In this autobiography, Bob Mankoff, the New Yorker’s cartoon editor, has included a multitude of drawings and cartoons that made it into the magazine as well as rejects that were too edgy to publish. As each of us on the beach took turns with this book, laughter would erupt, often to tears. My brother-in-law wrote: “Imagine reading a book that is so consistently laugh out loud funny that no matter where you are reading it, people stare at you as howls of uncontrollable laughter come again and again. Many who saw me laughing wrote down the name of this book to buy for themselves.”— BOB'S STAFF PICKS
"Fascinating, forthright, and funny . . . Mankoff also writes with first-hand knowledge about the topic of laughter itself. He dares to ask the question, 'What makes something funny?', and answers it with intelligence, originality, and, of course, humor."-Roz Chast, cartoonist for The New Yorker
Hi, this is me, Bob Mankoff. And this is my memoir. In it I'll usher you into the hallowed halls of The New Yorker (Shhh! Quiet, you'll upset the fact checkers) to show you the soup-to-nuts process of cartoon creation, giving you a detailed look not only at my own work, but that of the artists who keep you laughing every week, except, of course, when they don't, puzzling you with a cartoon that you "don't get" and then you shoot me an email asking me to explain it. Well, you can stop the shooting. You're holding the solution to those cartoon puzzlers in your hands (it's in chapter nine). What else? Oh goodness, self-effacing, humble me has left out the personal part, the essential me-ness part, forged in 1950s Queens New York where I became a wisecracking Jewish kid who mimicked Jerry Lewis, did funny drawings, and turned my mother's Yiddishisms into American humor, leading straight to a career as a successful cartoonist. Nah, that's not the way it happened. You'll need to read the book to find out how it really went down.
About the Author
Bob Mankoff is the cartoon editor for The New Yorker. Before he succeeded Lee Lorenz as editor, Mankoff was a cartoonist for the magazine for twenty years. He founded the online Cartoon Bank, which has every cartoon since the magazine's founding. He is the author of the book The Naked Cartoonist: A New Way to Enhance Your Creativity.
“Lucid, illuminating, and encouraging.” —The New York Times Book Review
“Fascinating, forthright, and funny . . . Mankoff also writes with first-hand knowledge about the topic of laughter itself. He dares to ask the question, 'What makes something funny?', and answers it with intelligence, originality, and, of course, humor.” —Roz Chast, cartoonist for The New Yorker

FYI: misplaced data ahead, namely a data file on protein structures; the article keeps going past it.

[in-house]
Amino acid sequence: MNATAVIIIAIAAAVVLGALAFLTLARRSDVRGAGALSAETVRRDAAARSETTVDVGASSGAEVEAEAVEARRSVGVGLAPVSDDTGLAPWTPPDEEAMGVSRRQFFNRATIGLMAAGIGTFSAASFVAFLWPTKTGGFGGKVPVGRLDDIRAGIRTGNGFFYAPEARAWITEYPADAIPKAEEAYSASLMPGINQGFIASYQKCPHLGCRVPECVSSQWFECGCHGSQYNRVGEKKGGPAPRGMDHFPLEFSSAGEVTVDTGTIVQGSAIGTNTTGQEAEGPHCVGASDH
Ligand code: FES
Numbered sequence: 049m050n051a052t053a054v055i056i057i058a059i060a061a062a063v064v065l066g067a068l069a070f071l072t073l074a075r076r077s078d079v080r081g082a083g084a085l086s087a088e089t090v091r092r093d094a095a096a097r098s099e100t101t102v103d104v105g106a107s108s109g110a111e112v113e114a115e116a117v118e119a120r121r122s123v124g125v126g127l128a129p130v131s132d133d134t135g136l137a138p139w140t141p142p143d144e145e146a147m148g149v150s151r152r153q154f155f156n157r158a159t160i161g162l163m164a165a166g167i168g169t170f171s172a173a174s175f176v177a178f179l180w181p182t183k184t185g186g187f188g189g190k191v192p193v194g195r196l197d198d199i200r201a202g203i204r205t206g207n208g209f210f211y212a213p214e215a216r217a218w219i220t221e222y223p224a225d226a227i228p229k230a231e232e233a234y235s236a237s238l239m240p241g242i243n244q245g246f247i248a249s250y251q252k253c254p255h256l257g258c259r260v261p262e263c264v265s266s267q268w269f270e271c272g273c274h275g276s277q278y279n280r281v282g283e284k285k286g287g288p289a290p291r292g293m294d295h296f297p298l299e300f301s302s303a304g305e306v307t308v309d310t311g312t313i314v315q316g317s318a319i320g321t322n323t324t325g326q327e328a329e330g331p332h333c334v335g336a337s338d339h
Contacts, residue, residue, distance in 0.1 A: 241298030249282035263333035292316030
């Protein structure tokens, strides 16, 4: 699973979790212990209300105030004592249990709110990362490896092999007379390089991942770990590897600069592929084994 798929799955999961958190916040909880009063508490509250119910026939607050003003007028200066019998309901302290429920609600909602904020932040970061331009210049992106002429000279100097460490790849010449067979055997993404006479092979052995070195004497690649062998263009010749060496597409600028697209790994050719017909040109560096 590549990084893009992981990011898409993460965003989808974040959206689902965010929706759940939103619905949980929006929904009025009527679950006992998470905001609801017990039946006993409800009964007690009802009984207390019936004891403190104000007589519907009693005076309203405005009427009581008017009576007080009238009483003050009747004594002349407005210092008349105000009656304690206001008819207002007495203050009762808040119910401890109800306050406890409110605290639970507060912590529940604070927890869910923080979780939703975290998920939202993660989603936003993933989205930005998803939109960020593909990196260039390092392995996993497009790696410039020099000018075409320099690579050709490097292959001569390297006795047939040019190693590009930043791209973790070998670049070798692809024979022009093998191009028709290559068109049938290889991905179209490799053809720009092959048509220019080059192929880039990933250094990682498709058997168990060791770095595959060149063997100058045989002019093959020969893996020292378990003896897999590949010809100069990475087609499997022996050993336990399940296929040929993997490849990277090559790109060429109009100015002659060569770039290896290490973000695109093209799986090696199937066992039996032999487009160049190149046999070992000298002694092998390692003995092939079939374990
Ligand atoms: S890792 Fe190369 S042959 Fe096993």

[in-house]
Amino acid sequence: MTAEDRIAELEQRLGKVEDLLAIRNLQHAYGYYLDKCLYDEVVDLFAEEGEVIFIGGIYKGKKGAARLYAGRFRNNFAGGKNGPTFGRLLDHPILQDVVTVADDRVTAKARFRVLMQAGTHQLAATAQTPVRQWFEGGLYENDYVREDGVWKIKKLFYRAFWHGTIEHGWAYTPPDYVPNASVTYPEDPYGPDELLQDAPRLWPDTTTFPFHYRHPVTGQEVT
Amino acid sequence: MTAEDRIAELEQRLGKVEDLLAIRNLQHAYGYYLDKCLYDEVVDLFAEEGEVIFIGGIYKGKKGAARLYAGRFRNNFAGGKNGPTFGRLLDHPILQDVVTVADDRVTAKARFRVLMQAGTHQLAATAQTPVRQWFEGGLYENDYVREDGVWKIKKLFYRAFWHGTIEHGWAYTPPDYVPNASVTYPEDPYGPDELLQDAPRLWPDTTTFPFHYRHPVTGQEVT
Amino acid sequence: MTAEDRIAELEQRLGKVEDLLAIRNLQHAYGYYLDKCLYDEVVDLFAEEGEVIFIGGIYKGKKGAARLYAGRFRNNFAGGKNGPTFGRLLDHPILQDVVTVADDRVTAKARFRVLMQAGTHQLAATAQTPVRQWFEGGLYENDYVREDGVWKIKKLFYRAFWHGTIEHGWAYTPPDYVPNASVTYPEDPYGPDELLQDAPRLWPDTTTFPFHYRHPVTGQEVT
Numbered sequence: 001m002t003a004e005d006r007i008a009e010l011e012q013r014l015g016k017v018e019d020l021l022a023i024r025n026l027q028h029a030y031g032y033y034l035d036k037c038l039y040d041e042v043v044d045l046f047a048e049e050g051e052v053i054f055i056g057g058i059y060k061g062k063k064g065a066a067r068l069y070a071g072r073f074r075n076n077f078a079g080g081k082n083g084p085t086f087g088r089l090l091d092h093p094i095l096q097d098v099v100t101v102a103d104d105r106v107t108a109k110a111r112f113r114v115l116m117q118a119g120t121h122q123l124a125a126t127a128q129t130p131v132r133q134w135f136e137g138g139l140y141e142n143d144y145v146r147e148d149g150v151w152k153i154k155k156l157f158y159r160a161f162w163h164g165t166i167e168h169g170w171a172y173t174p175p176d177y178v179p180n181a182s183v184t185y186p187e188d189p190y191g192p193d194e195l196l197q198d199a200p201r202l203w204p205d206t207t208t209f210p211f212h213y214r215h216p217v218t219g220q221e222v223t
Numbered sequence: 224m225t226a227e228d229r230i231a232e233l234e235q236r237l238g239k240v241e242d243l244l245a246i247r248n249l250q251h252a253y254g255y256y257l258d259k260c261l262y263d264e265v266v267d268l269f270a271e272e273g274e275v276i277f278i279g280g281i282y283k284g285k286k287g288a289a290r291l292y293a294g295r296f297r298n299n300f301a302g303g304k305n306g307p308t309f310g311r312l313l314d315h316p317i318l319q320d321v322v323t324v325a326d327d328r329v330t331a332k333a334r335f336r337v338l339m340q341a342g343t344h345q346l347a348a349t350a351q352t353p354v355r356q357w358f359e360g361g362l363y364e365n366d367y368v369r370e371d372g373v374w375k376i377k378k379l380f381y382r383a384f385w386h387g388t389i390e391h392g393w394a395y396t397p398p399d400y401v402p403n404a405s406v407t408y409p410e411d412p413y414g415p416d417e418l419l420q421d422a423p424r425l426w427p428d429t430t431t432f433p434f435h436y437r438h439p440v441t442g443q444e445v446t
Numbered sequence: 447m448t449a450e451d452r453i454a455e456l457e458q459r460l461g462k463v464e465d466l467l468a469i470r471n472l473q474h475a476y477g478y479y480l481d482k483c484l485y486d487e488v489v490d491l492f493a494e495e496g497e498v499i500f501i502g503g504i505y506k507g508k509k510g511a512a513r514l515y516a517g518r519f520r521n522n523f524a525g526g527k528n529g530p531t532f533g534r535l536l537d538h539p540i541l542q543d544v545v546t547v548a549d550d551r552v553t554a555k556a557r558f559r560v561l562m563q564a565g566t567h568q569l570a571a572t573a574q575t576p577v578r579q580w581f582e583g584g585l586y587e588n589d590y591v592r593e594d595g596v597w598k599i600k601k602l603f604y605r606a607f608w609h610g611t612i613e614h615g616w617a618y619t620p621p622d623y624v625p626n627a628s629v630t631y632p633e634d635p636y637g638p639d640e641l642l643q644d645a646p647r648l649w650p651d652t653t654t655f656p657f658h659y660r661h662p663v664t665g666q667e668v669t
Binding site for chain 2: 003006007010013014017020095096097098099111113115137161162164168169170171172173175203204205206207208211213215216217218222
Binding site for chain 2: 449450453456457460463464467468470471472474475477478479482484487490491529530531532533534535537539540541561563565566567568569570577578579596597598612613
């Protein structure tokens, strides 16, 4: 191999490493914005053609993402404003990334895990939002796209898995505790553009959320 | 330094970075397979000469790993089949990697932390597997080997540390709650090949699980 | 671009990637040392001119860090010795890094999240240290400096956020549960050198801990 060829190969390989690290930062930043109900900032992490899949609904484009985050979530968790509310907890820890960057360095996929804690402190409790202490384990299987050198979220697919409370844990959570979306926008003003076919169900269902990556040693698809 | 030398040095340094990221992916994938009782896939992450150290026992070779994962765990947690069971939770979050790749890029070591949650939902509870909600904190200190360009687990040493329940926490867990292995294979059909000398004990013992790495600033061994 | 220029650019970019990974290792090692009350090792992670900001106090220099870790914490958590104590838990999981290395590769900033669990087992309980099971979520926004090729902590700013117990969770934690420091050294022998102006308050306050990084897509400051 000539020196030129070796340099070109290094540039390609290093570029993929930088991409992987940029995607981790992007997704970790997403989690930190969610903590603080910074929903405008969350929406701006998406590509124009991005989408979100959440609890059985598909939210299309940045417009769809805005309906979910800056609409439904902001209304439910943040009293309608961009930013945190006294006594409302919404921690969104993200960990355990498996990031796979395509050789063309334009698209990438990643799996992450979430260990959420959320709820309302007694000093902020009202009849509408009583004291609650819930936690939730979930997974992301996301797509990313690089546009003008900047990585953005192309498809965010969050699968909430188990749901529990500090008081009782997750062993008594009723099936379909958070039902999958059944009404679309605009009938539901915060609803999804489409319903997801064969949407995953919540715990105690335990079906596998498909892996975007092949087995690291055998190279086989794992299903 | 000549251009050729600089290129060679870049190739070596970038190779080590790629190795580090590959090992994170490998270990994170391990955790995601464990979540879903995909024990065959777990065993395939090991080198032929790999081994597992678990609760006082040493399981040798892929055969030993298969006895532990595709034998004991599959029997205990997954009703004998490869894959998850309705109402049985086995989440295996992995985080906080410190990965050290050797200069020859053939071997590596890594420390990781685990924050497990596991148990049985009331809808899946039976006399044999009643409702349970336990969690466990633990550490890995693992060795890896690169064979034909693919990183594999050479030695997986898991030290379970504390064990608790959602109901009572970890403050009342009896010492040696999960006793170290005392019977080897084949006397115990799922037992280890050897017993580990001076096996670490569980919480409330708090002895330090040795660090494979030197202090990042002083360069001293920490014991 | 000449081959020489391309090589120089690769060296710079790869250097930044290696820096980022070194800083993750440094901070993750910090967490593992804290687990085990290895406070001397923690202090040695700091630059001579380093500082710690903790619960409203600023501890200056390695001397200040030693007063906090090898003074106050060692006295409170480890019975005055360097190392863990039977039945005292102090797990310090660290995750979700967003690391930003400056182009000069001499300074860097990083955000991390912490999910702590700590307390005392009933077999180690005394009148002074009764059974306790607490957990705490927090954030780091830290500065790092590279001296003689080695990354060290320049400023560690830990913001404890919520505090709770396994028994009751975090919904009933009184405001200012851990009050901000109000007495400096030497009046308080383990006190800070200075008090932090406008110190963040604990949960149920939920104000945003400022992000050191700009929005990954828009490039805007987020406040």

“Mankoff's deep understanding of humor, both its power and its practice, is the live wire that crackles through his new book. . . . How About Never is more than a memoir . . . it's also an enormous window into the mystery and alchemy behind the creation and selection of New Yorker cartoons.” —The Washington Post
“How About Never is not just a charming memoir but also a charming grab bag of cartoon history, cartoon theory (nothing too woolly), and shop talk.” —The New York Times Book Review
“Is Bob Mankoff mad, a genius, or a mad genius? This book does not answer that question, but you'll love it.” —Andy Borowitz
“This is a generous book, giving abundant credit to both the older generation of cartoonists whom the young Mr. Mankoff hero worshiped to the new blood he has brought to the magazine during his tenure.” —Janet Maslin, The New York Times
“More than anyone, Bob Mankoff has kept the New Yorker tradition in cartooning alive, while managing to oversee its renewal. He's also a very funny guy, with either a stipple-pen in his hand or a computer keyboard beneath his fingers. And, if that's not enough, he's one of the few funny guys around who actually has something sensible to say about what makes funny funny and he does so here.” —Adam Gopnik
“Evidence that The New Yorker's cartoons can still unerringly reflect the texture of our times.” —The Wall Street Journal
“Hilarious . . . A unique look at how the best cartoons in the world are created.” —Christopher Guest
“Fascinating . . . Mankoff offers a number of tips on the ‘intelligent humor' that makes it into the New Yorker--and even how to better your odds in the weekly caption process . . . Those who aspire to a career drawing for the New Yorker will find this essential reading.” —Kirkus
“How About Never serves up not only a mini-collection of great cartoons but also a look at the shift in styles through the editorships of legendary William Shawn, Tina Brown, and current editor David Remnick. Mankoff also provides a very funny and insightful look at how to win The New Yorker caption contest. . . A must read for devotees of the magazine.” —Publishers Weekly